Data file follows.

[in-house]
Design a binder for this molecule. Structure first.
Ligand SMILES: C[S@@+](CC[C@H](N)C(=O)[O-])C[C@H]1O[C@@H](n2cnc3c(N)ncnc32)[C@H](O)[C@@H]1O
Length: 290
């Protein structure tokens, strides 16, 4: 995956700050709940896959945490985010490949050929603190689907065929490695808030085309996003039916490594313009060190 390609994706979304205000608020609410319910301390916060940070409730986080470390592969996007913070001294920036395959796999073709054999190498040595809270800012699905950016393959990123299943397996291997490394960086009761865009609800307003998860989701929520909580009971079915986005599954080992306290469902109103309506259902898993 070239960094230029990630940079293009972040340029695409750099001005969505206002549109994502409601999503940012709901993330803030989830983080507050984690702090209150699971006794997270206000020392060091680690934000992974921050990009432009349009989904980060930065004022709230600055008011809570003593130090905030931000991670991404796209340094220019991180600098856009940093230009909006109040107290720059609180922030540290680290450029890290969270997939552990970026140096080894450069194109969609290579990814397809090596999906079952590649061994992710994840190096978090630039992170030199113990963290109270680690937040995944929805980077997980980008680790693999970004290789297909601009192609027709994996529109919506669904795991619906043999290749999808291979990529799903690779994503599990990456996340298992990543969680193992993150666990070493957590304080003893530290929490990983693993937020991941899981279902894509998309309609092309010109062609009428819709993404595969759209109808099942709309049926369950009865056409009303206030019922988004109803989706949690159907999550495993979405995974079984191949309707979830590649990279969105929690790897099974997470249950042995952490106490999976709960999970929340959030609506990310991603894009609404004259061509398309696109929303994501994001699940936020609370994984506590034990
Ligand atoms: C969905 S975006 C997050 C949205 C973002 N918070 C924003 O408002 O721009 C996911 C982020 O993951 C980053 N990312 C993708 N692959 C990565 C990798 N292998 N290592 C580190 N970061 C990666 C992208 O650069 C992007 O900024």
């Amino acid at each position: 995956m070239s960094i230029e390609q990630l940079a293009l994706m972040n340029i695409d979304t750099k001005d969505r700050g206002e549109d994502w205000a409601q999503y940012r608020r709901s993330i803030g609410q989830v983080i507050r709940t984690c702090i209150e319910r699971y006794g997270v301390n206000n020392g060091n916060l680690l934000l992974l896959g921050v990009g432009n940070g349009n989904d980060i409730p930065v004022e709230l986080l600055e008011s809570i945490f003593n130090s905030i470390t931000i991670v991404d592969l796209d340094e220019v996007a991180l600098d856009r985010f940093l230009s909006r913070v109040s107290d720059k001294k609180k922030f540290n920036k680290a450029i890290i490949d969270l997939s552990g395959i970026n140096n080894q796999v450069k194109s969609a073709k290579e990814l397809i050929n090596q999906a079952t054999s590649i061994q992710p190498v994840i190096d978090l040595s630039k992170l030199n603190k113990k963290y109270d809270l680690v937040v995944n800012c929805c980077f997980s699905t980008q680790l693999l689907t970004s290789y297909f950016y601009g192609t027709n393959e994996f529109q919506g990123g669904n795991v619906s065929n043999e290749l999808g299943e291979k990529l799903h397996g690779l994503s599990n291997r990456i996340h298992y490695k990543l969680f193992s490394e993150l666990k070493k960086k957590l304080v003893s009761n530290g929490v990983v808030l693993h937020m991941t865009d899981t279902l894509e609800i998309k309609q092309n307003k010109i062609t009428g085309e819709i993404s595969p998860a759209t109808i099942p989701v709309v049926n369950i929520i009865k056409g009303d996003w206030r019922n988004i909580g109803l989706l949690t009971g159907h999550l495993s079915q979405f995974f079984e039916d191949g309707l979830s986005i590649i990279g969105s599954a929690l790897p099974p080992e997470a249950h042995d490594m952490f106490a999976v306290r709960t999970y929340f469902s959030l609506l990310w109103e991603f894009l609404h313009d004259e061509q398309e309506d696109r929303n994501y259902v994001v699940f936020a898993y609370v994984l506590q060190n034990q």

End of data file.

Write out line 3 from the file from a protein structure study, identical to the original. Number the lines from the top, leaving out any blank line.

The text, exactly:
Ligand SMILES: C[S@@+](CC[C@H](N)C(=O)[O-])C[C@H]1O[C@@H](n2cnc3c(N)ncnc32)[C@H](O)[C@@H]1O